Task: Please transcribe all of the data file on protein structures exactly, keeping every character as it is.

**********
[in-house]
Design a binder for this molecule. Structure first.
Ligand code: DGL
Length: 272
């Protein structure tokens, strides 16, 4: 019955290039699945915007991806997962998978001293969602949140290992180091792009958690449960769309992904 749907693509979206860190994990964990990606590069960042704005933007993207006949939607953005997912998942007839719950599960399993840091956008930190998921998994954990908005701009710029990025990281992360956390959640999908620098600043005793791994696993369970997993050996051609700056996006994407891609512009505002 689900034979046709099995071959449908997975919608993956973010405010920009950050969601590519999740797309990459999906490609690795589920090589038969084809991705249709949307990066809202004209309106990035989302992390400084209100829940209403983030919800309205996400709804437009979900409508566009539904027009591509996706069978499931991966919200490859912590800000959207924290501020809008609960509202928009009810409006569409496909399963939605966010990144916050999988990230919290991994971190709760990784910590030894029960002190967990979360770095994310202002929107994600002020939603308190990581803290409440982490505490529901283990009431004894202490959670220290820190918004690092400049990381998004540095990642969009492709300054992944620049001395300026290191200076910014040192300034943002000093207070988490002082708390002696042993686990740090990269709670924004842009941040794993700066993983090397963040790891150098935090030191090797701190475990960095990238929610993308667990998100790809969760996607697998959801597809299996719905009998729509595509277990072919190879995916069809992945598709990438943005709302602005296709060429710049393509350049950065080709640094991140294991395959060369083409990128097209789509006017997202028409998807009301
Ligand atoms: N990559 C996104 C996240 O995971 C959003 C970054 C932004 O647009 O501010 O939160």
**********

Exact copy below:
[in-house]
Design a binder for this molecule. Structure first.
Ligand code: DGL
Length: 272
């Protein structure tokens, strides 16, 4: 019955290039699945915007991806997962998978001293969602949140290992180091792009958690449960769309992904 749907693509979206860190994990964990990606590069960042704005933007993207006949939607953005997912998942007839719950599960399993840091956008930190998921998994954990908005701009710029990025990281992360956390959640999908620098600043005793791994696993369970997993050996051609700056996006994407891609512009505002 689900034979046709099995071959449908997975919608993956973010405010920009950050969601590519999740797309990459999906490609690795589920090589038969084809991705249709949307990066809202004209309106990035989302992390400084209100829940209403983030919800309205996400709804437009979900409508566009539904027009591509996706069978499931991966919200490859912590800000959207924290501020809008609960509202928009009810409006569409496909399963939605966010990144916050999988990230919290991994971190709760990784910590030894029960002190967990979360770095994310202002929107994600002020939603308190990581803290409440982490505490529901283990009431004894202490959670220290820190918004690092400049990381998004540095990642969009492709300054992944620049001395300026290191200076910014040192300034943002000093207070988490002082708390002696042993686990740090990269709670924004842009941040794993700066993983090397963040790891150098935090030191090797701190475990960095990238929610993308667990998100790809969760996607697998959801597809299996719905009998729509595509277990072919190879995916069809992945598709990438943005709302602005296709060429710049393509350049950065080709640094991140294991395959060369083409990128097209789509006017997202028409998807009301
Ligand atoms: N990559 C996104 C996240 O995971 C959003 C970054 C932004 O647009 O501010 O939160």